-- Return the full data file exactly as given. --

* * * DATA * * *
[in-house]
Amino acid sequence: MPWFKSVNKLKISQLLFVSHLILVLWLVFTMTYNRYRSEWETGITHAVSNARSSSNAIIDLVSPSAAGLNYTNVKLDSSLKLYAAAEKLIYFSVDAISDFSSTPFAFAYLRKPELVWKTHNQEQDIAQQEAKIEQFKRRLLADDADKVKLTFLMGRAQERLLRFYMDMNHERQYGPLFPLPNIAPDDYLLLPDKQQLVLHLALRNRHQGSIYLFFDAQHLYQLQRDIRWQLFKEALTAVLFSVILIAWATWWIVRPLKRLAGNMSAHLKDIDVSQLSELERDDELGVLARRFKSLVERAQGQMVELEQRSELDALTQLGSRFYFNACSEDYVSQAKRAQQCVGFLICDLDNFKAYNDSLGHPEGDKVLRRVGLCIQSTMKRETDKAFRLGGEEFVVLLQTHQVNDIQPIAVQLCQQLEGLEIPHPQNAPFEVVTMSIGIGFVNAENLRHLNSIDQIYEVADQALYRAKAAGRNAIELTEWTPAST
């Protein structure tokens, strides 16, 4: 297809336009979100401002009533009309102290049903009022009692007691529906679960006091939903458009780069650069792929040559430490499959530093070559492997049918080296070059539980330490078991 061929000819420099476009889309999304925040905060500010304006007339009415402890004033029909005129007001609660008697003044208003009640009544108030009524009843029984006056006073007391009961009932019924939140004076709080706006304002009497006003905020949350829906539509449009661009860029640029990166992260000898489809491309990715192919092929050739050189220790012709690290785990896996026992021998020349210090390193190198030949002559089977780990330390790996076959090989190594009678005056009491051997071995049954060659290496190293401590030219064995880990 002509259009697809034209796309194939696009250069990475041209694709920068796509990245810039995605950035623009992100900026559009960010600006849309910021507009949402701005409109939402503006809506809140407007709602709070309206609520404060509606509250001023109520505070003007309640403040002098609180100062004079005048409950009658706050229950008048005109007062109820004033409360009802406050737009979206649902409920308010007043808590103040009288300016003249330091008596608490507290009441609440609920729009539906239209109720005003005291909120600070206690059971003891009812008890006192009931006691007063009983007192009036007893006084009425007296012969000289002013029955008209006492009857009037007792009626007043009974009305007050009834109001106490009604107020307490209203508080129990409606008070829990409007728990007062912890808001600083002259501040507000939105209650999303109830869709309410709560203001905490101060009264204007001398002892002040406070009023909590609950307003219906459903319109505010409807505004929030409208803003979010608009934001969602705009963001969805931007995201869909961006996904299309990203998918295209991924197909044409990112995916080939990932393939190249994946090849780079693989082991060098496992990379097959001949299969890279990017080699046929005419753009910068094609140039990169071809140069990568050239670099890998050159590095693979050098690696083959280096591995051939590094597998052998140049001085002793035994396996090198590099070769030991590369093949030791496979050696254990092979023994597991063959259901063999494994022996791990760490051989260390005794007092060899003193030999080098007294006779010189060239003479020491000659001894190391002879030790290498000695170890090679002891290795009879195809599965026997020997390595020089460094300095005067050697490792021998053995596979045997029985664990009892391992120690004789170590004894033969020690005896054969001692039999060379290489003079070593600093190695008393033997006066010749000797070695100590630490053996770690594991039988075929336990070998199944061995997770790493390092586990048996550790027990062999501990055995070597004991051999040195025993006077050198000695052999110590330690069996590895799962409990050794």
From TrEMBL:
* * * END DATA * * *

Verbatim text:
[in-house]
Amino acid sequence: MPWFKSVNKLKISQLLFVSHLILVLWLVFTMTYNRYRSEWETGITHAVSNARSSSNAIIDLVSPSAAGLNYTNVKLDSSLKLYAAAEKLIYFSVDAISDFSSTPFAFAYLRKPELVWKTHNQEQDIAQQEAKIEQFKRRLLADDADKVKLTFLMGRAQERLLRFYMDMNHERQYGPLFPLPNIAPDDYLLLPDKQQLVLHLALRNRHQGSIYLFFDAQHLYQLQRDIRWQLFKEALTAVLFSVILIAWATWWIVRPLKRLAGNMSAHLKDIDVSQLSELERDDELGVLARRFKSLVERAQGQMVELEQRSELDALTQLGSRFYFNACSEDYVSQAKRAQQCVGFLICDLDNFKAYNDSLGHPEGDKVLRRVGLCIQSTMKRETDKAFRLGGEEFVVLLQTHQVNDIQPIAVQLCQQLEGLEIPHPQNAPFEVVTMSIGIGFVNAENLRHLNSIDQIYEVADQALYRAKAAGRNAIELTEWTPAST
């Protein structure tokens, strides 16, 4: 297809336009979100401002009533009309102290049903009022009692007691529906679960006091939903458009780069650069792929040559430490499959530093070559492997049918080296070059539980330490078991 061929000819420099476009889309999304925040905060500010304006007339009415402890004033029909005129007001609660008697003044208003009640009544108030009524009843029984006056006073007391009961009932019924939140004076709080706006304002009497006003905020949350829906539509449009661009860029640029990166992260000898489809491309990715192919092929050739050189220790012709690290785990896996026992021998020349210090390193190198030949002559089977780990330390790996076959090989190594009678005056009491051997071995049954060659290496190293401590030219064995880990 002509259009697809034209796309194939696009250069990475041209694709920068796509990245810039995605950035623009992100900026559009960010600006849309910021507009949402701005409109939402503006809506809140407007709602709070309206609520404060509606509250001023109520505070003007309640403040002098609180100062004079005048409950009658706050229950008048005109007062109820004033409360009802406050737009979206649902409920308010007043808590103040009288300016003249330091008596608490507290009441609440609920729009539906239209109720005003005291909120600070206690059971003891009812008890006192009931006691007063009983007192009036007893006084009425007296012969000289002013029955008209006492009857009037007792009626007043009974009305007050009834109001106490009604107020307490209203508080129990409606008070829990409007728990007062912890808001600083002259501040507000939105209650999303109830869709309410709560203001905490101060009264204007001398002892002040406070009023909590609950307003219906459903319109505010409807505004929030409208803003979010608009934001969602705009963001969805931007995201869909961006996904299309990203998918295209991924197909044409990112995916080939990932393939190249994946090849780079693989082991060098496992990379097959001949299969890279990017080699046929005419753009910068094609140039990169071809140069990568050239670099890998050159590095693979050098690696083959280096591995051939590094597998052998140049001085002793035994396996090198590099070769030991590369093949030791496979050696254990092979023994597991063959259901063999494994022996791990760490051989260390005794007092060899003193030999080098007294006779010189060239003479020491000659001894190391002879030790290498000695170890090679002891290795009879195809599965026997020997390595020089460094300095005067050697490792021998053995596979045997029985664990009892391992120690004789170590004894033969020690005896054969001692039999060379290489003079070593600093190695008393033997006066010749000797070695100590630490053996770690594991039988075929336990070998199944061995997770790493390092586990048996550790027990062999501990055995070597004991051999040195025993006077050198000695052999110590330690069996590895799962409990050794």
From TrEMBL: